Given all the moving parts here Diabetic Investor believes the FDA has placed themselves in a no win situation. Should the panel vote for removal of Avandia question will arise as to why the agency did not take action sooner. Additionally many will ask the logical question as to why the agency did not see these issues while the drug was undergoing the approval process. On the flip side should the panel recommend Avandia be allowed to stay on the market, many will ask why the agency wasted the taxpayers time and money on this subject. Worse still would be a split vote leaving the decision up to the FDA, as Diabetic Investor has noted before passing the buck is also another grand Washington tradition. Or put another when the going gets tough, take yourself off the hook and let someone make the tough decisions.
Yet all this merely conjecture and the real question remains; will any good come from all this.
Looking at the question from the perspective of the drug companies the answer is clearly no. The drug approval process, as flawed as it may be, was already a cumbersome and expensive process before the Avandia controversy. Today this process is even more cumbersome and more expensive given the new rules the FDA put in place because of the controversy. As Diabetic Investor has noted on several occasions because of Avandia the FDA has become overly conservative and appears to be looking for reasons NOT to approve new drugs.
Diabetic Investor can think of two clear examples of the collateral damage created by the controversy and both come with GLP-1 drugs. Victoza® from Novo Nordisk (NYSE:NVO) received approval with a black box warning related to thyroid cancer concerns. While Diabetic Investor believes Novo mishandled this issue, the scientific evidence on the subject does not support the need for a black box warning. Yet the FDA being in the ultra-conservative mode decided to take no chances and approved the drug with the black box.
The second victim is Bydureon from Amylin. A drug that frankly should have been approved by its original PUDFA date but because the FDA was so wrapped in Avandia the agency merely issued an approvalable letter, making patients wait even longer for this game changing drug. Unlike Victoza, Bydureon is basically a line extension of Byetta, a drug that has a long history and is used by over one million patients. Should the FDA approve with the same black box warning as Victoza it would be the biggest crime to hit Washington since Watergate. Like Victoza, there is no scientific evidence to support this, plus the FDA has the additional benefit of reviewing Byetta data which shows no thyroid cancer concerns whatsoever.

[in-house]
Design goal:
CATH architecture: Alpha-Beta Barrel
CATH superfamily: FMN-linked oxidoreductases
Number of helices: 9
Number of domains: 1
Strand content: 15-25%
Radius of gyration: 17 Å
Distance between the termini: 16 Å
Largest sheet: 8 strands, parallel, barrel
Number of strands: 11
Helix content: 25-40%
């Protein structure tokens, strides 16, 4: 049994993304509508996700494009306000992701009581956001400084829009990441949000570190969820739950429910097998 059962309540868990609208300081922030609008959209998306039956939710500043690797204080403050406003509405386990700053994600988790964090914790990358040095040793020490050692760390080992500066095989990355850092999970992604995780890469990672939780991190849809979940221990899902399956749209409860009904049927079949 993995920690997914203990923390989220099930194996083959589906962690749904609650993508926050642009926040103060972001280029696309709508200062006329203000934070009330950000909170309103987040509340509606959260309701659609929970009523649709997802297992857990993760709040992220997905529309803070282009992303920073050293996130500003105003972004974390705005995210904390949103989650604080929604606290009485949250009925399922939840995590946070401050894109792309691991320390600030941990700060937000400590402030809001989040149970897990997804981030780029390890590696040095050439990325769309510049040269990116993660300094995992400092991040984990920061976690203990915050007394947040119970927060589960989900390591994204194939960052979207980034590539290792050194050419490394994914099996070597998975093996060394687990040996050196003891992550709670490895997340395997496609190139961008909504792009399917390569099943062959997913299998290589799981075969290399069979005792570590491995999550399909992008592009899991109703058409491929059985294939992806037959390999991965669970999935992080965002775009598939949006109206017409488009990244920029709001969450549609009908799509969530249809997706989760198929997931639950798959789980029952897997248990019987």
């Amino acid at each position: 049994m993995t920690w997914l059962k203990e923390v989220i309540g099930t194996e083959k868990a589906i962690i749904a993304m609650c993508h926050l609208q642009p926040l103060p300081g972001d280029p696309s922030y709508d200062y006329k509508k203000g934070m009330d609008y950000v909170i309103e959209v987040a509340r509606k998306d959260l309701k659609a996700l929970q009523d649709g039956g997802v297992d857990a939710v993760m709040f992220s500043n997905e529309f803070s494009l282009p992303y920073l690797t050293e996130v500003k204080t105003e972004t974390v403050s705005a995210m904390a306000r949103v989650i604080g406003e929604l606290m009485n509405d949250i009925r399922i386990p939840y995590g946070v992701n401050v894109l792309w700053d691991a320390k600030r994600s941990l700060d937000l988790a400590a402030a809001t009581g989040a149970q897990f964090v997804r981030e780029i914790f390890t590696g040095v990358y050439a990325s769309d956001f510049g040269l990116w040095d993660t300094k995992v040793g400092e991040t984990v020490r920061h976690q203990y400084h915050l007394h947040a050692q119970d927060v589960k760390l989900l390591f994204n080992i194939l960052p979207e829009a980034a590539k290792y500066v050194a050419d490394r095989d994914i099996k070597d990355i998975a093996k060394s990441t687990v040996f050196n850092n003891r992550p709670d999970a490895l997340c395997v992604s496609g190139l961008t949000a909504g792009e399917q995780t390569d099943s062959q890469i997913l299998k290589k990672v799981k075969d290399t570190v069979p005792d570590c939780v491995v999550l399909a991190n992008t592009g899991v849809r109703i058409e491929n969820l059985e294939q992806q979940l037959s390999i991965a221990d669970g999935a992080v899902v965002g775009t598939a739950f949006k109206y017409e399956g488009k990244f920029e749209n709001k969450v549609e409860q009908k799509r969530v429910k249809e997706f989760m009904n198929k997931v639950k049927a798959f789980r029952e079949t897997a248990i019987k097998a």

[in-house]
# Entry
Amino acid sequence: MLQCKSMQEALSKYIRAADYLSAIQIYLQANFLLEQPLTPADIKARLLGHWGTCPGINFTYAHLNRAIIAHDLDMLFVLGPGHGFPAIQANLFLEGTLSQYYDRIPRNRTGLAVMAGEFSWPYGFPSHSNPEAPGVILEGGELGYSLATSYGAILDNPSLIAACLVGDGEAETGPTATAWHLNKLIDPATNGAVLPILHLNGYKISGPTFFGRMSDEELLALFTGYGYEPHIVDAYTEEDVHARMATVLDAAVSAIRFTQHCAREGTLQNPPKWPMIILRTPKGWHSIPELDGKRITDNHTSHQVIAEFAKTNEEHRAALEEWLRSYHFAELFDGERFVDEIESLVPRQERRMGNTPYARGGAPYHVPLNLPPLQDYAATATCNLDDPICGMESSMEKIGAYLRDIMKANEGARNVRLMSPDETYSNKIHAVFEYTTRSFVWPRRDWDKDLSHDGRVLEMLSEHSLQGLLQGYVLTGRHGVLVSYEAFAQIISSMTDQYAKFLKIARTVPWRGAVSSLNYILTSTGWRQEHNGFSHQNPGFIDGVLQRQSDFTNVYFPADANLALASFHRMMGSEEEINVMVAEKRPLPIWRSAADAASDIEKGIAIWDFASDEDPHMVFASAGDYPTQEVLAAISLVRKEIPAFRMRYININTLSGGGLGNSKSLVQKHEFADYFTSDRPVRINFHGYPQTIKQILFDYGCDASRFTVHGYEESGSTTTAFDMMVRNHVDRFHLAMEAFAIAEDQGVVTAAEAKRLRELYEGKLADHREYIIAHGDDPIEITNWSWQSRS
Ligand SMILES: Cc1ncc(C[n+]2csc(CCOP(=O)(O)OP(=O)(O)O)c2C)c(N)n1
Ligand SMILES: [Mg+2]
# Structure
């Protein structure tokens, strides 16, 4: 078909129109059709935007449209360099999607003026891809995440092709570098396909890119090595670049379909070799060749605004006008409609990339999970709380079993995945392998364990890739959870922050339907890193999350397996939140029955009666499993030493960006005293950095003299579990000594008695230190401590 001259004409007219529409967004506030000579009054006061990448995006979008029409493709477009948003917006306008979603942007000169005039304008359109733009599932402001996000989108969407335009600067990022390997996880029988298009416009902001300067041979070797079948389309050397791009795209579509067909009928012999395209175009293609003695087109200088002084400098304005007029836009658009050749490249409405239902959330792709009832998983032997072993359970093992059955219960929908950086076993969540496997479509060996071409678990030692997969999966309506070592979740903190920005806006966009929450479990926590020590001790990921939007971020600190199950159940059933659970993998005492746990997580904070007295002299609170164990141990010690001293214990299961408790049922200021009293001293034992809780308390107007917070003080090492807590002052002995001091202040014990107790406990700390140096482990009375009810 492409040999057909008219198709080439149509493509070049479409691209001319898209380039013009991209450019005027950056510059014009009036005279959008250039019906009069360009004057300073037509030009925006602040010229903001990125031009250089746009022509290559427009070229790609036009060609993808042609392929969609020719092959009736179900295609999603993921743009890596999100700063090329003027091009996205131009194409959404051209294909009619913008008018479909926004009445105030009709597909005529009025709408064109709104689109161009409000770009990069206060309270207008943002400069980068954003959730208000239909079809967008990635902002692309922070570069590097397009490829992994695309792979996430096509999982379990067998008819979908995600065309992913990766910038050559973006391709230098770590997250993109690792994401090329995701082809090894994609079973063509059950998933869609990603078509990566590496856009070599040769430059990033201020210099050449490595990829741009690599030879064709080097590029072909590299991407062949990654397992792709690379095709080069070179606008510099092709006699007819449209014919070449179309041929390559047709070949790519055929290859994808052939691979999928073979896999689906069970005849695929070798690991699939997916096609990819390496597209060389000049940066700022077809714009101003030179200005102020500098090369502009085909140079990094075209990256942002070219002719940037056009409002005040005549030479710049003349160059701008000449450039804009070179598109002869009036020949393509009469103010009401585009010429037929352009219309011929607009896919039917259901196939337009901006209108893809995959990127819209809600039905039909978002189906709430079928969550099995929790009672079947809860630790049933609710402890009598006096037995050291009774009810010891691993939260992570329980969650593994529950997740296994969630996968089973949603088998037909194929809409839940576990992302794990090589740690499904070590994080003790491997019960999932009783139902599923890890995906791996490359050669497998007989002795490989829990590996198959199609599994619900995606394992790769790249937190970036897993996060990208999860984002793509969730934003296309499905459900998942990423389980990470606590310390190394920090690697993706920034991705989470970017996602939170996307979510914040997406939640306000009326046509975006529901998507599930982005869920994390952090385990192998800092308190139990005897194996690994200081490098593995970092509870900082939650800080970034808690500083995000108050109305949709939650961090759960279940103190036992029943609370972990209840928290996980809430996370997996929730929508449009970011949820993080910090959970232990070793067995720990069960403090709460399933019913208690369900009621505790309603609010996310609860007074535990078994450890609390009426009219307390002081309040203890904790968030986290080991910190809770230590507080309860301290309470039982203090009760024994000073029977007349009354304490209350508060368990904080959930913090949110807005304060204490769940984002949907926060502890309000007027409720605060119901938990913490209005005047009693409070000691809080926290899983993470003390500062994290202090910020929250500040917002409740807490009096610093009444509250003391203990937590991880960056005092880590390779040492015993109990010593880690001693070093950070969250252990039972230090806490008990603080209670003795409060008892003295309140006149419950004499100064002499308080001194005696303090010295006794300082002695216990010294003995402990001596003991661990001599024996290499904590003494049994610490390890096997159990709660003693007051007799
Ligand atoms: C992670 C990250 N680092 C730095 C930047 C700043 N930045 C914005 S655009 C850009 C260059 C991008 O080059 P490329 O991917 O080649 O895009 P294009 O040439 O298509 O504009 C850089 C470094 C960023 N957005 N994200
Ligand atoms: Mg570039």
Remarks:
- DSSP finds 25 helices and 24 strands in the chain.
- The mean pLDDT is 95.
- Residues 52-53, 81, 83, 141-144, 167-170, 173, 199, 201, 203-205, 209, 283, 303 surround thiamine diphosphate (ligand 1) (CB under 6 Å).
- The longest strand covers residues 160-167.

From the perspective of physicians who treat patients with diabetes, the answer to the question is also no. First off Diabetic Investor believes that any physician who continues to prescribe Avandia has completely lost all touch with reality. Not because we believe Avandia is that bad, rather the physician is placing himself at risk of a lawsuit. Add in the fact there are several safe and effective alternatives, it’s amazing there are any patients at all still on the drug.
The legal risk aside, this whole controversy has made the life of these physicians a living hell. How can they honestly answer a patient when the patient asks if the drugs they take every day are safe? Patients do not want to hear that the drugs they take every day “appear to be safe”. They want a simple yes or no.